Visibility of the thermal patterns can be put to use for adjusting the ambient temperature in a data center. Every degree that temperature is raised equates to a significant reduction in cooling costs. Therefore, many data centers operate at higher ambient temperatures today, especially since modern data center equipment providers warrant equipment for operation at the higher temperatures.


Some of the same energy management solutions that boost visibility also provide a range of control features. Thresholds can be set to trigger notification and corrective actions in the event of power spikes, and can even help identify the systems that will be at greatest risk in the event of a spike. Those servers operating near their power and temperature limits can be proactively adjusted, and configured with built-in protection such as power capping.


Power capping can also provide a foundation for priority-based energy allocations. The capability protects mission-critical services, and can also extend battery life during outages. Based on knowledge extracted from historical power data, capping can be implemented in tandem with dynamic adjustments to server performance. Lowering clock speeds can be an effective way to lower energy consumption, and can yield measurable energy savings while minimizing or eliminating any discernable degradation of service levels.


Documented use cases for real-time feedback and control features such as thresholds and power capping prove that fine-grained energy management can yield significant cost reductions. Typical savings of 15 to 20 percent of the utility budget have been measured in numerous data centers that have introduced energy and temperature monitoring and control.


Understand and Utilize Energy Profiles


As the next step in the journey that began with virtualization, cloud computing is delivering on the promises for more data center agility, centralized management that lowers operating expenses, and cost-effectively meeting the needs for very fast-changing businesses.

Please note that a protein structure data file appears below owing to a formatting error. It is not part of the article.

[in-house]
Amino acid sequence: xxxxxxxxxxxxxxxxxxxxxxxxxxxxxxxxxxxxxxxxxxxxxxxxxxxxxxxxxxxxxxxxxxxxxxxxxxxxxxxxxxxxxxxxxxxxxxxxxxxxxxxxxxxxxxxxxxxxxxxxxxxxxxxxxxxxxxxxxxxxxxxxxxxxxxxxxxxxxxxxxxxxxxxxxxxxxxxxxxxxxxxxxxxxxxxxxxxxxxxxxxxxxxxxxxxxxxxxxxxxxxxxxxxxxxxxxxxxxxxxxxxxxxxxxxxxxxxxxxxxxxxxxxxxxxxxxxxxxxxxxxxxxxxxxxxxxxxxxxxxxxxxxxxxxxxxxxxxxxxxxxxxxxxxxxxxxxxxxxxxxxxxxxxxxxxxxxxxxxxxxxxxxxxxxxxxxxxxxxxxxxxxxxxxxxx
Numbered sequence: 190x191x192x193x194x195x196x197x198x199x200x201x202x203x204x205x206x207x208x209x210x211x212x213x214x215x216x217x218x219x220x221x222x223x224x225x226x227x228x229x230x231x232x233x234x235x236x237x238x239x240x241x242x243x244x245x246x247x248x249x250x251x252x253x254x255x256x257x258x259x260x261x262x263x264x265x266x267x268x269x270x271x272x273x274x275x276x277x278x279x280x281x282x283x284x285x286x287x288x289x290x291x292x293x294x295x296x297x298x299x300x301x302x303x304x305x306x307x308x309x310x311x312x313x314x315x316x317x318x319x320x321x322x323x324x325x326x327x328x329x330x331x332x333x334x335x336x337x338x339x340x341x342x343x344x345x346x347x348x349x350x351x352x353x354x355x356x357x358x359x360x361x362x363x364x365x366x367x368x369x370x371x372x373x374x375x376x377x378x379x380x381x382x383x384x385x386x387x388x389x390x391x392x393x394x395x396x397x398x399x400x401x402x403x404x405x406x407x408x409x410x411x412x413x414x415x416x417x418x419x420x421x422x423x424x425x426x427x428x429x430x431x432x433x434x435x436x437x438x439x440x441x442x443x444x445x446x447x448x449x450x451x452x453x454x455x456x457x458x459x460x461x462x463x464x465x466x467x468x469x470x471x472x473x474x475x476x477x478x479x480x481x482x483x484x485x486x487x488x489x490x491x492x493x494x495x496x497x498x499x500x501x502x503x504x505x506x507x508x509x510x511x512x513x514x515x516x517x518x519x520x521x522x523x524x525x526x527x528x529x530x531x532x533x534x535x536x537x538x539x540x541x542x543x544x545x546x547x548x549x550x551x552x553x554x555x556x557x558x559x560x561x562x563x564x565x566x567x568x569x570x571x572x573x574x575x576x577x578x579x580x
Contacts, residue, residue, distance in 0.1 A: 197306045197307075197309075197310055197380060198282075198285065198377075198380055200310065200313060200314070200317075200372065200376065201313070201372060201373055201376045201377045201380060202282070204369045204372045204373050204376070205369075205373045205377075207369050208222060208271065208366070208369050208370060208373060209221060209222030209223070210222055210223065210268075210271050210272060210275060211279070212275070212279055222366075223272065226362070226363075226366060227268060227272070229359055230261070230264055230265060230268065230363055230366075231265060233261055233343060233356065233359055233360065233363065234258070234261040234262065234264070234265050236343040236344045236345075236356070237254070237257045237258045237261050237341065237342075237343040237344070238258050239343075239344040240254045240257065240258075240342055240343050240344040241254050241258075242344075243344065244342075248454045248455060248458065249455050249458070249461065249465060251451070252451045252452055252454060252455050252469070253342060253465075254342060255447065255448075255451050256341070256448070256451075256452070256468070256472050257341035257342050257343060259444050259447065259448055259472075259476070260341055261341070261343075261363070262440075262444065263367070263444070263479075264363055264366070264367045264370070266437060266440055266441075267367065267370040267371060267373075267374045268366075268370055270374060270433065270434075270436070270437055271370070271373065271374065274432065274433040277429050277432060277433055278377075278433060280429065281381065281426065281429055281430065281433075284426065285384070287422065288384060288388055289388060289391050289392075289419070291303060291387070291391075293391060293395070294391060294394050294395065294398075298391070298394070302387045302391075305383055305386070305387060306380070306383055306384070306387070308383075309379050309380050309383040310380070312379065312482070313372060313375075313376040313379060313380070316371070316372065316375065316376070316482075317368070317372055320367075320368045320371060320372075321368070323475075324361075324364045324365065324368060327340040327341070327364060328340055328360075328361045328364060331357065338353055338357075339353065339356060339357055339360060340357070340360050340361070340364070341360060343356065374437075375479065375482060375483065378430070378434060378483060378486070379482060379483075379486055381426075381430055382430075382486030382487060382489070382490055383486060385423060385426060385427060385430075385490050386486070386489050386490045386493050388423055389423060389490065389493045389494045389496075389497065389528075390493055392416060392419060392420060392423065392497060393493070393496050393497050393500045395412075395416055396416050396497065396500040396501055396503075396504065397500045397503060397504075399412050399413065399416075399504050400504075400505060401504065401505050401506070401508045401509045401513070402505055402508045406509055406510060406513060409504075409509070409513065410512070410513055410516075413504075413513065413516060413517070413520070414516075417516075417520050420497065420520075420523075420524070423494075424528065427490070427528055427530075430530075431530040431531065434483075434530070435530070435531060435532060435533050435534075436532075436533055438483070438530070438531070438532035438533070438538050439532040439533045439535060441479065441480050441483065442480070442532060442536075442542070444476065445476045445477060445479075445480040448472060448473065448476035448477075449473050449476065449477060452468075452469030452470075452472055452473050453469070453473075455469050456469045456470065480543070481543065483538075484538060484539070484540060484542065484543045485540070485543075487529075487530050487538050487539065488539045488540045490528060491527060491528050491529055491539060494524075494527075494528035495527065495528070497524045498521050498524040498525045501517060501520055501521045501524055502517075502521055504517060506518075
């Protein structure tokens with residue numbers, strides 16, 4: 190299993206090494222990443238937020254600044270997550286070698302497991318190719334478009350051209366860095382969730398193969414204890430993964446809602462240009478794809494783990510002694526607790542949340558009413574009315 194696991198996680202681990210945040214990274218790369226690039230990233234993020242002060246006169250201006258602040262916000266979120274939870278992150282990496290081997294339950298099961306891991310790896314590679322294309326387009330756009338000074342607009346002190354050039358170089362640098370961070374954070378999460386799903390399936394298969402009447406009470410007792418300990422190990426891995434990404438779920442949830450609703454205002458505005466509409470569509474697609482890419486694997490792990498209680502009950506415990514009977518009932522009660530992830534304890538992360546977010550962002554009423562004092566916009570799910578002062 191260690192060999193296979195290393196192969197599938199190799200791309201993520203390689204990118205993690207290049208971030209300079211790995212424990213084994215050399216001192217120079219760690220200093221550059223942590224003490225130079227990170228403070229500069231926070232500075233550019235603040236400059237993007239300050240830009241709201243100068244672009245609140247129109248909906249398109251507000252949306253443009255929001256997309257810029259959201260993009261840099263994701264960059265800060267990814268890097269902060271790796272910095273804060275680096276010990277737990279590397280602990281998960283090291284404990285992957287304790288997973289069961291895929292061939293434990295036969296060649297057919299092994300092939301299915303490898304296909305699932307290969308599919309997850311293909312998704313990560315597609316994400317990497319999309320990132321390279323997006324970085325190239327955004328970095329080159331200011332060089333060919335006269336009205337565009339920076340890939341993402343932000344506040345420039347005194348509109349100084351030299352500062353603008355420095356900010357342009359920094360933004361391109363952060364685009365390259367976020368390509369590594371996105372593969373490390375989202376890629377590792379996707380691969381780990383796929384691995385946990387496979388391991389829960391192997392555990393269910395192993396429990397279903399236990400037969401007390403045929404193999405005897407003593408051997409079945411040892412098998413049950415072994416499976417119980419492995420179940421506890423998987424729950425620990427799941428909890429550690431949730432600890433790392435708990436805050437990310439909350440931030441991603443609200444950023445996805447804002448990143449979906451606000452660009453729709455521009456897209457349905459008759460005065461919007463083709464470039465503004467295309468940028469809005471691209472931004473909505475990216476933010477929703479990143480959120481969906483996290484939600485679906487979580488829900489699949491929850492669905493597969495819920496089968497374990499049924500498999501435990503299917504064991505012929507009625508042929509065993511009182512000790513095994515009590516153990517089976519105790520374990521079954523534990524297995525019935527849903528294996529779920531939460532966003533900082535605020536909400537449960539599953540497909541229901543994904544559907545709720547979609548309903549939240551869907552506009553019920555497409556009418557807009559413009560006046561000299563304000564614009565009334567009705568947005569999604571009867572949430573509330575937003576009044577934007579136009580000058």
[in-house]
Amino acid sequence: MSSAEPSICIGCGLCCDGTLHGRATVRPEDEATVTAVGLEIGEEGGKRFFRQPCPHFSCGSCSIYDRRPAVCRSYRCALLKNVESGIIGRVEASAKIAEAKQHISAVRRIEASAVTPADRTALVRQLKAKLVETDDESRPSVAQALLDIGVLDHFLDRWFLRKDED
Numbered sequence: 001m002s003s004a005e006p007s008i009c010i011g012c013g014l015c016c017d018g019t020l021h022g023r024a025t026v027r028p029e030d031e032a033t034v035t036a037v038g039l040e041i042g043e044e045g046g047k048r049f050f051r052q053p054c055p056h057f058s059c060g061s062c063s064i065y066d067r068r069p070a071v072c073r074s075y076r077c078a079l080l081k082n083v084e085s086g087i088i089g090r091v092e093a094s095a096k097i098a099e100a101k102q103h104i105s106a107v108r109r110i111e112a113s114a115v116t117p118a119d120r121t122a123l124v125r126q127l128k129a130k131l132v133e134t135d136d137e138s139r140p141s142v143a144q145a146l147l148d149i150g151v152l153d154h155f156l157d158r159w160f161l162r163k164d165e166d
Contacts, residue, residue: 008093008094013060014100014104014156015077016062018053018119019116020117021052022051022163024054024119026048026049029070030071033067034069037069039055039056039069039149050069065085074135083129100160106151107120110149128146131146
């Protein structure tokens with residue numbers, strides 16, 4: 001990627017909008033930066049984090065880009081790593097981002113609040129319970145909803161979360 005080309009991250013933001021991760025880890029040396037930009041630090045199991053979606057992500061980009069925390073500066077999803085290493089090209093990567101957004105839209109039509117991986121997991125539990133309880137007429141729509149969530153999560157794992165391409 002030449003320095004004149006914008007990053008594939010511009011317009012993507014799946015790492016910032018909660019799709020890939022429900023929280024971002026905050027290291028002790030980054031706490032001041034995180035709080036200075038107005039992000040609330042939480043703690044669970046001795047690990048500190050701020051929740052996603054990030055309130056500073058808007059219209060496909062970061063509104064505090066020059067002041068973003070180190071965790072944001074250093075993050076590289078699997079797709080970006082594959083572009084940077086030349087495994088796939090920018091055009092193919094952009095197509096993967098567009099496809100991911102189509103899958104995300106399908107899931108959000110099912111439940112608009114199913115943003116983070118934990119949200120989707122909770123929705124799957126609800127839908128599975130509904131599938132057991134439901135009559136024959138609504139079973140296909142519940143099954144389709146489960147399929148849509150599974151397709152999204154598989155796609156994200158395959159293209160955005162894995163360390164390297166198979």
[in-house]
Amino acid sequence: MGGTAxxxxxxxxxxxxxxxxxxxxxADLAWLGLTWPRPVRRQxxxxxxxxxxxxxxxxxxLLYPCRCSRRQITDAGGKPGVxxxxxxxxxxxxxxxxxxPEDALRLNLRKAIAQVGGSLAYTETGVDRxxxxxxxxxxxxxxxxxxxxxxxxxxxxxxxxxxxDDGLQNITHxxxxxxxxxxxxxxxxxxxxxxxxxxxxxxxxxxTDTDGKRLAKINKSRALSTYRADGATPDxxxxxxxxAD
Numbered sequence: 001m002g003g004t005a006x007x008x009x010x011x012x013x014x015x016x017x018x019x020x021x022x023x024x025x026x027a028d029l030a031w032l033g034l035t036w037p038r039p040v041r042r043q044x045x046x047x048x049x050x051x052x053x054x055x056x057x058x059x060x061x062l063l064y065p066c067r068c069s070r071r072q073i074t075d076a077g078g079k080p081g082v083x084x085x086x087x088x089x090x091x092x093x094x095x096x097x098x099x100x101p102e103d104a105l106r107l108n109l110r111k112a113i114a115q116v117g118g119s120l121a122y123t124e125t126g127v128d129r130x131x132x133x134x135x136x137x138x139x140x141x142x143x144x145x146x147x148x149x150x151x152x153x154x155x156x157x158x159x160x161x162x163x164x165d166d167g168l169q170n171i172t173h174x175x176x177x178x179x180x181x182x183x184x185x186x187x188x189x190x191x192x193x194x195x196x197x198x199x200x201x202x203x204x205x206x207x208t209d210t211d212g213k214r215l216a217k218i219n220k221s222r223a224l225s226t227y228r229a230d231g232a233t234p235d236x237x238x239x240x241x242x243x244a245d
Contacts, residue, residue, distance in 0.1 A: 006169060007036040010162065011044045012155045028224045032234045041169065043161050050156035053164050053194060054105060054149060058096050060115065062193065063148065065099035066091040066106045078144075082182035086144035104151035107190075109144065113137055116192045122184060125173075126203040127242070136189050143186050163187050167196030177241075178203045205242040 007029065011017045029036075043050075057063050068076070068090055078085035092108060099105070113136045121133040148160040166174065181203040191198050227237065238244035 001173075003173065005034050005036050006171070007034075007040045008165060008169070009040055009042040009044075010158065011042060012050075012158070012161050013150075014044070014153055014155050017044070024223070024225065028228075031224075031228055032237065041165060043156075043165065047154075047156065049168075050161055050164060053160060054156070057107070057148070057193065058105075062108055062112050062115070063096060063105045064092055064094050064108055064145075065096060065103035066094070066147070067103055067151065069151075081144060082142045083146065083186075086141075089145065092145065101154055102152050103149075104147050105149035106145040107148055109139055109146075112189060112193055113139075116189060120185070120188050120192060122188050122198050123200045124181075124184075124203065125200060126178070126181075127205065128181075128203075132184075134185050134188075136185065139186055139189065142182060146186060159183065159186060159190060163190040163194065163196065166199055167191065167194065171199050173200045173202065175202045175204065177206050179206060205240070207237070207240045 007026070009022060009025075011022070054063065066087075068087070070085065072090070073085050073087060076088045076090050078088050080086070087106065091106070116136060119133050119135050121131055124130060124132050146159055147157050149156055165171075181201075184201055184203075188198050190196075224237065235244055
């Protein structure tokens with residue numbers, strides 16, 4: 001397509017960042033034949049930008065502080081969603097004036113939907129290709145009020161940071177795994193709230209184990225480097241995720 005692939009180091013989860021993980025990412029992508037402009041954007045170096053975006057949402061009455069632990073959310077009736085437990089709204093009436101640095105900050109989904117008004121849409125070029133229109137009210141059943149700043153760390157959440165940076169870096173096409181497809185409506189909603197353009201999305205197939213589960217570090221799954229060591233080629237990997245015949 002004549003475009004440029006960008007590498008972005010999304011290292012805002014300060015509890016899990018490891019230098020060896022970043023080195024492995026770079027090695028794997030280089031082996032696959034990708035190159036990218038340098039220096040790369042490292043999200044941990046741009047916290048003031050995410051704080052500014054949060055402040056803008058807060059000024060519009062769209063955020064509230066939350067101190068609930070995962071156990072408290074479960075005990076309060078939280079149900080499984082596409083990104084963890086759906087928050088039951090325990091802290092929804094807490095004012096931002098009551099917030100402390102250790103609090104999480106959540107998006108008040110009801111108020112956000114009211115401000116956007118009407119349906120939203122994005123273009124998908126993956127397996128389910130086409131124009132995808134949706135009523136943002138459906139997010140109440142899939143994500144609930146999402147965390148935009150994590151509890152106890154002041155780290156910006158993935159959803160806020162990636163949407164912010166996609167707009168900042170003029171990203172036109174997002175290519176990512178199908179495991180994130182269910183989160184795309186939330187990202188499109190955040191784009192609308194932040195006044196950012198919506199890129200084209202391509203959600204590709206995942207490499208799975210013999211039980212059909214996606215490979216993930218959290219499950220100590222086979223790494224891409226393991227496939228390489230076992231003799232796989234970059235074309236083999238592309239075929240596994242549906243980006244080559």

With an intelligent energy management platform, the cloud also positions data center managers to more cost-effectively assign workloads to leverage lower utility rates in various locations. As energy prices remain at historically high levels, with no relief in sight, this provides a very compelling incentive for building out internal clouds or starting to move some services out to public clouds.


Every increase in data center agility, whether from earlier advances such as virtualization or the latest cloud innovations, emphasizes the need to understand and utilize energy profiles within the data center. Ignoring the energy component of the overall cost can hide a significant operating expense from the decision-making process.

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Increasing Scalability and Cost-Effectiveness for InterSystems Caché with the Intel® Xeon® Processor E7 v3 Family

Healthcare systems are coping with an unprecedented level of change. They’re managing a new regulatory environment, a more complex healthcare ecosystem, and an ever-increasing demand for services—all while facing intense cost pressures.


These trends are having a dramatic impact on EMR systems and healthcare databases, which have to maintain responsiveness even as they handle more concurrent users, more data, more diverse workflows, and a wider range of application functionality.


As Intel prepared to introduce the Intel® Xeon® processor E7 v3 family, we worked with engineers from Epic and InterSystems to ensure system configurations that would provide robust, reliable performance. InterSystems and VMware were also launching their next-generation solutions, so the test team ran a series of performance tests pairing the Intel Xeon processor E7-8890 v3 with InterSystems Caché 2015.1 and a beta version of VMware vSphere ESXi 6.0.


The results were impressive. “We saw the scalability of a single operational database server increase by 60 percent,” said Epic senior performance engineer Seth Hain. “With these gains, we expect our customers to scale further with a smaller data center footprint and lower total cost of ownership.” Those results were also more than triple the end-user database accesses per second (global references or GREFs) achieved using the Intel® Xeon® processor E7-4860 with Caché® 2011.1.